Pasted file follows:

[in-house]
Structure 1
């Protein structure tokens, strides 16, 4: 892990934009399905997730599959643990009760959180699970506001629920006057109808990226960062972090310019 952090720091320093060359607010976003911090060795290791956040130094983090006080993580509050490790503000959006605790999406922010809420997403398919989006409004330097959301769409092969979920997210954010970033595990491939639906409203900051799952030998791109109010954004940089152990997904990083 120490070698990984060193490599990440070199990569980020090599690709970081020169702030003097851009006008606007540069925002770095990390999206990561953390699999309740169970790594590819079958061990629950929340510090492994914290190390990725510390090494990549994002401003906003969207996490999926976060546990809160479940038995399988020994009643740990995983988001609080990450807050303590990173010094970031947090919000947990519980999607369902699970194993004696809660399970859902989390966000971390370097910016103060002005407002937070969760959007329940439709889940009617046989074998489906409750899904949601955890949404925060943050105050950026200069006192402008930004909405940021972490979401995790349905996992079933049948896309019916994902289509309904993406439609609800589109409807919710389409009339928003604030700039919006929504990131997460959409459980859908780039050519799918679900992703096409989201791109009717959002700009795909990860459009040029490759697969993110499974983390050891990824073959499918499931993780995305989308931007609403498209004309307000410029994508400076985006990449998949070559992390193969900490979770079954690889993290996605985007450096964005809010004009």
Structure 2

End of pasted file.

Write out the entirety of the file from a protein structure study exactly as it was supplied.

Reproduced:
[in-house]
Structure 1
């Protein structure tokens, strides 16, 4: 892990934009399905997730599959643990009760959180699970506001629920006057109808990226960062972090310019 952090720091320093060359607010976003911090060795290791956040130094983090006080993580509050490790503000959006605790999406922010809420997403398919989006409004330097959301769409092969979920997210954010970033595990491939639906409203900051799952030998791109109010954004940089152990997904990083 120490070698990984060193490599990440070199990569980020090599690709970081020169702030003097851009006008606007540069925002770095990390999206990561953390699999309740169970790594590819079958061990629950929340510090492994914290190390990725510390090494990549994002401003906003969207996490999926976060546990809160479940038995399988020994009643740990995983988001609080990450807050303590990173010094970031947090919000947990519980999607369902699970194993004696809660399970859902989390966000971390370097910016103060002005407002937070969760959007329940439709889940009617046989074998489906409750899904949601955890949404925060943050105050950026200069006192402008930004909405940021972490979401995790349905996992079933049948896309019916994902289509309904993406439609609800589109409807919710389409009339928003604030700039919006929504990131997460959409459980859908780039050519799918679900992703096409989201791109009717959002700009795909990860459009040029490759697969993110499974983390050891990824073959499918499931993780995305989308931007609403498209004309307000410029994508400076985006990449998949070559992390193969900490979770079954690889993290996605985007450096964005809010004009």
Structure 2